During the past three years, our Renal Center – ranked No. 1 in Texas and No. 4 nationally by U.S. News and World Report – has seen a 20 percent annual increase in the volume of acute therapies delivered to patients during their hospital stay.

Unlike chronic kidney disease – which is incurable and tends to worsen over time prompting the need for dialysis or kidney transplant – acute kidney disease develops suddenly due to injury or underlying health problems. In many cases, the kidneys regain full function once the cause is addressed.

The Renal Center at Texas Children’s delivers two types of acute therapies – dialysis for the treatment of kidney failure, and apheresis, which separates unwanted cells or components from a patient’s blood and returns the desired components to patients with a wide range of illnesses.

Last year, 2,400 acute therapies were delivered to patients, averaging six treatments per day. To achieve this month’s milestone – 124 acute therapies in less than 10 days – the renal staff collaborated with numerous multidisciplinary teams across the organization to deliver results.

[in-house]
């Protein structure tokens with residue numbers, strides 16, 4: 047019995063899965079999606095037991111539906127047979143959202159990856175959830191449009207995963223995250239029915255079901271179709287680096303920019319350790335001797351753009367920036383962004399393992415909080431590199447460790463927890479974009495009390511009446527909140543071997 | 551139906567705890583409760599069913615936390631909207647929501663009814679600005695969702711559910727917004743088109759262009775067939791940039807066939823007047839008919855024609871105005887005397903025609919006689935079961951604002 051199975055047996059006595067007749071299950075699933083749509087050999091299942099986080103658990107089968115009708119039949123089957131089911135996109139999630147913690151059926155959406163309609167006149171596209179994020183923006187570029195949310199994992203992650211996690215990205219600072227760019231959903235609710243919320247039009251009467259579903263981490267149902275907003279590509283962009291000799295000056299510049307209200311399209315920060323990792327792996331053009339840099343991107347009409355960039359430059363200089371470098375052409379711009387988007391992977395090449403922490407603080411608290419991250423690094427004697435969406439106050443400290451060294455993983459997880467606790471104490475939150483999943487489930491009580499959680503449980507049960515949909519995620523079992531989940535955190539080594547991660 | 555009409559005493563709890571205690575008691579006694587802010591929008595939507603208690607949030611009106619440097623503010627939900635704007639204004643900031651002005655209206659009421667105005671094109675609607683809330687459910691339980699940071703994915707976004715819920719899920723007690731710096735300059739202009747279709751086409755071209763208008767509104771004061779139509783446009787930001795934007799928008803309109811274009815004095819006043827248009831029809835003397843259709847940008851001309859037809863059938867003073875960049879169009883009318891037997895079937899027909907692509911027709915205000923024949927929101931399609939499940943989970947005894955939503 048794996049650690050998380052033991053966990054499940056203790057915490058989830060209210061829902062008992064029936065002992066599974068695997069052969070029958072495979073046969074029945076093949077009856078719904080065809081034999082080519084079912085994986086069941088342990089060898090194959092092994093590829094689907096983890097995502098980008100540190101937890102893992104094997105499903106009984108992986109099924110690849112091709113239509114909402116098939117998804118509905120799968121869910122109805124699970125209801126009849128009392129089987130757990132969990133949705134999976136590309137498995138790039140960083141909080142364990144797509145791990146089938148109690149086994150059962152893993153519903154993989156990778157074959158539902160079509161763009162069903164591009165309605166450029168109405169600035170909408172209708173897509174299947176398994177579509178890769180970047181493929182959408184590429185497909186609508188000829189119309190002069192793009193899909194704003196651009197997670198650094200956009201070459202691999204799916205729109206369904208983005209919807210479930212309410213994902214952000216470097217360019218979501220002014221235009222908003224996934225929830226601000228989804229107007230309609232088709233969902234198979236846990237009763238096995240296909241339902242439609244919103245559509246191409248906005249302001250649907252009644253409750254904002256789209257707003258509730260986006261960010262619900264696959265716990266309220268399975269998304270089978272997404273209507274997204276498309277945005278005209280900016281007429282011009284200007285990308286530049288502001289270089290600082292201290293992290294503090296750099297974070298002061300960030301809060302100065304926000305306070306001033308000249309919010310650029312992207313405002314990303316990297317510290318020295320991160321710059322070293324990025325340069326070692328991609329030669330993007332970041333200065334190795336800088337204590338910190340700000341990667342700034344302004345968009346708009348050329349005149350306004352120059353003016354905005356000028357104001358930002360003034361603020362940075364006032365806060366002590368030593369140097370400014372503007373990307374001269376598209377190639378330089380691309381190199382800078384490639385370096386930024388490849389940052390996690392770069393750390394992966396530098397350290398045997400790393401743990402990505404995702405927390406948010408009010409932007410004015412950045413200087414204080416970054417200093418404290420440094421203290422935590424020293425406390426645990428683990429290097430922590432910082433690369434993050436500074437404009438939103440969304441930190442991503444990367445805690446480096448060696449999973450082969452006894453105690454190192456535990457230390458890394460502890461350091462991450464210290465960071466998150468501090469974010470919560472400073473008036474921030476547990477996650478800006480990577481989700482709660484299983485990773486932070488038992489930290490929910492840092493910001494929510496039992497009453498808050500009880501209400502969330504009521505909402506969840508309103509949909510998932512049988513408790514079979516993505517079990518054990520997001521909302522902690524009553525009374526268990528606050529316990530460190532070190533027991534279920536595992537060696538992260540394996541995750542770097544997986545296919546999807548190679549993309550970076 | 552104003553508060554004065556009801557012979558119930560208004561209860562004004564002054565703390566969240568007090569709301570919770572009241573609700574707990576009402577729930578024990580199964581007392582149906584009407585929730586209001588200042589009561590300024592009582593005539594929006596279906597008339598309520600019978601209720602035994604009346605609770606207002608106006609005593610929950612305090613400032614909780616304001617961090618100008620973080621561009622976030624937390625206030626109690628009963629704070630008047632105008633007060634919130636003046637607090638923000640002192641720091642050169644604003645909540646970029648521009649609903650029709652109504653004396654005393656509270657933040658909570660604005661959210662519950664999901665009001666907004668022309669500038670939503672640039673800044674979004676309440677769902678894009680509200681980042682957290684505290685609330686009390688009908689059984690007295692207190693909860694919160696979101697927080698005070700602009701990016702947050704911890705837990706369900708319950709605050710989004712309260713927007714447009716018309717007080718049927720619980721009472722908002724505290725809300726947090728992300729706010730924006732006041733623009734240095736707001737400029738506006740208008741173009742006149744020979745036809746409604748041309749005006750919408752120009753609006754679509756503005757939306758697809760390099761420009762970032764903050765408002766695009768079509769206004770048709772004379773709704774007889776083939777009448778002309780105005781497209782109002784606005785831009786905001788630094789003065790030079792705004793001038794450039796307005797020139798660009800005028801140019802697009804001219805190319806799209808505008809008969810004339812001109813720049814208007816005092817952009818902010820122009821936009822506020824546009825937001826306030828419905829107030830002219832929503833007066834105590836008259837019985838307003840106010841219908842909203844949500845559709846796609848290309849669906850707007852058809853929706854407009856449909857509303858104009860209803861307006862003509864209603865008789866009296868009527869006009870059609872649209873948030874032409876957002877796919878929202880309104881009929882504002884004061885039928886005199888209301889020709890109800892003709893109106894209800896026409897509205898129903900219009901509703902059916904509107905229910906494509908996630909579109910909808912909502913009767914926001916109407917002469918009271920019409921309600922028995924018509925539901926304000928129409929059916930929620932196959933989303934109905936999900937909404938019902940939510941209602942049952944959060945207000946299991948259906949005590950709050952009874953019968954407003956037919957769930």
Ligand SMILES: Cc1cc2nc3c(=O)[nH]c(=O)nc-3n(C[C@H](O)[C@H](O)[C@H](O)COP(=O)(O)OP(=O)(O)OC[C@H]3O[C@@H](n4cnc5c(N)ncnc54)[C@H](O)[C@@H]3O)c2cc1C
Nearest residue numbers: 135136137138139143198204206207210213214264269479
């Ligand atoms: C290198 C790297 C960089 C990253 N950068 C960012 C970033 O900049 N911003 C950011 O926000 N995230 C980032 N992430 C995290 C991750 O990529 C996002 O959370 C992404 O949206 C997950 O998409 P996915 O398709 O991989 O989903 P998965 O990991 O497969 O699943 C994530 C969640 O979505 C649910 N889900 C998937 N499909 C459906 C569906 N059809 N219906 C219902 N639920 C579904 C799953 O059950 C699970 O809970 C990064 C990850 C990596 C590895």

“Our success is contingent upon the support we received from fellows, nurses, blood bank, transplant services, supply chain, the intensive care units, as well as the critical care physicians, surgeons and radiologists who placed dialysis catheters into our patients prior to treatment,” Braun said.

The Renal Center’s exceptionally dedicated dialysis team worked tirelessly to ensure our acute and chronic kidney disease patients received life-saving treatments.

“Nurses and clinical hemodialysis technicians voluntarily worked extra hours and shifts to meet the increasing demand for renal services,” said Valesca Adams, assistant director of Nursing for Texas Children’s Renal Center. “It was a lot of work, but at the end of the day, our primary focus was – and still is – fulfilling our patients’ needs.”

“I am proud and humbled that our teams pulled together to achieve a performance record of this kind,” Braun said. “It is great to celebrate this milestone but even more importantly that we meet the standard of excellence that our patients have come to expect.”

Besides treating kidney disease, the Renal Center provides services to transplant patients, critically-ill ICU patients, as well as patients who have undergone cardiovascular surgery. The renal team delivers extracorporeal therapy to liver patients to help reduce the disease burden as they await a transplant.

To learn more about Texas Children’s Renal Center, click here.